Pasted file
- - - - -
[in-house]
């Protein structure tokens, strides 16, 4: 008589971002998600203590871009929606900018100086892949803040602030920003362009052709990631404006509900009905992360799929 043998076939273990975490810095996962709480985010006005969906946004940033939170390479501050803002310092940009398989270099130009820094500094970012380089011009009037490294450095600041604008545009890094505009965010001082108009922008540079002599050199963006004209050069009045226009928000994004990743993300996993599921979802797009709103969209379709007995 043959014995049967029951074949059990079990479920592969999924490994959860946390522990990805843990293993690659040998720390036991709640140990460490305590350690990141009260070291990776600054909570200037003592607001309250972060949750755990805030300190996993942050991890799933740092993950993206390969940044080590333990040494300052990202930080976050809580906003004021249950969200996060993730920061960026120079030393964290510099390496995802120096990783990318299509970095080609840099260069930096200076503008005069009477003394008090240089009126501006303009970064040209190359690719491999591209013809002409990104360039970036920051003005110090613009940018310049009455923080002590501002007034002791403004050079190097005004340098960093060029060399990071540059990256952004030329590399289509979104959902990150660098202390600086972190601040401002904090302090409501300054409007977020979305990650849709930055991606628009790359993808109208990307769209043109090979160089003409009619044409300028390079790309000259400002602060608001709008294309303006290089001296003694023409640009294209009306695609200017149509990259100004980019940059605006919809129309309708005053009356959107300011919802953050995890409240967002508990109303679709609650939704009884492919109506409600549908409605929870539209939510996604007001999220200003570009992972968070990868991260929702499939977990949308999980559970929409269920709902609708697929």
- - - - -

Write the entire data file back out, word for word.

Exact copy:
[in-house]
């Protein structure tokens, strides 16, 4: 008589971002998600203590871009929606900018100086892949803040602030920003362009052709990631404006509900009905992360799929 043998076939273990975490810095996962709480985010006005969906946004940033939170390479501050803002310092940009398989270099130009820094500094970012380089011009009037490294450095600041604008545009890094505009965010001082108009922008540079002599050199963006004209050069009045226009928000994004990743993300996993599921979802797009709103969209379709007995 043959014995049967029951074949059990079990479920592969999924490994959860946390522990990805843990293993690659040998720390036991709640140990460490305590350690990141009260070291990776600054909570200037003592607001309250972060949750755990805030300190996993942050991890799933740092993950993206390969940044080590333990040494300052990202930080976050809580906003004021249950969200996060993730920061960026120079030393964290510099390496995802120096990783990318299509970095080609840099260069930096200076503008005069009477003394008090240089009126501006303009970064040209190359690719491999591209013809002409990104360039970036920051003005110090613009940018310049009455923080002590501002007034002791403004050079190097005004340098960093060029060399990071540059990256952004030329590399289509979104959902990150660098202390600086972190601040401002904090302090409501300054409007977020979305990650849709930055991606628009790359993808109208990307769209043109090979160089003409009619044409300028390079790309000259400002602060608001709008294309303006290089001296003694023409640009294209009306695609200017149509990259100004980019940059605006919809129309309708005053009356959107300011919802953050995890409240967002508990109303679709609650939704009884492919109506409600549908409605929870539209939510996604007001999220200003570009992972968070990868991260929702499939977990949308999980559970929409269920709902609708697929």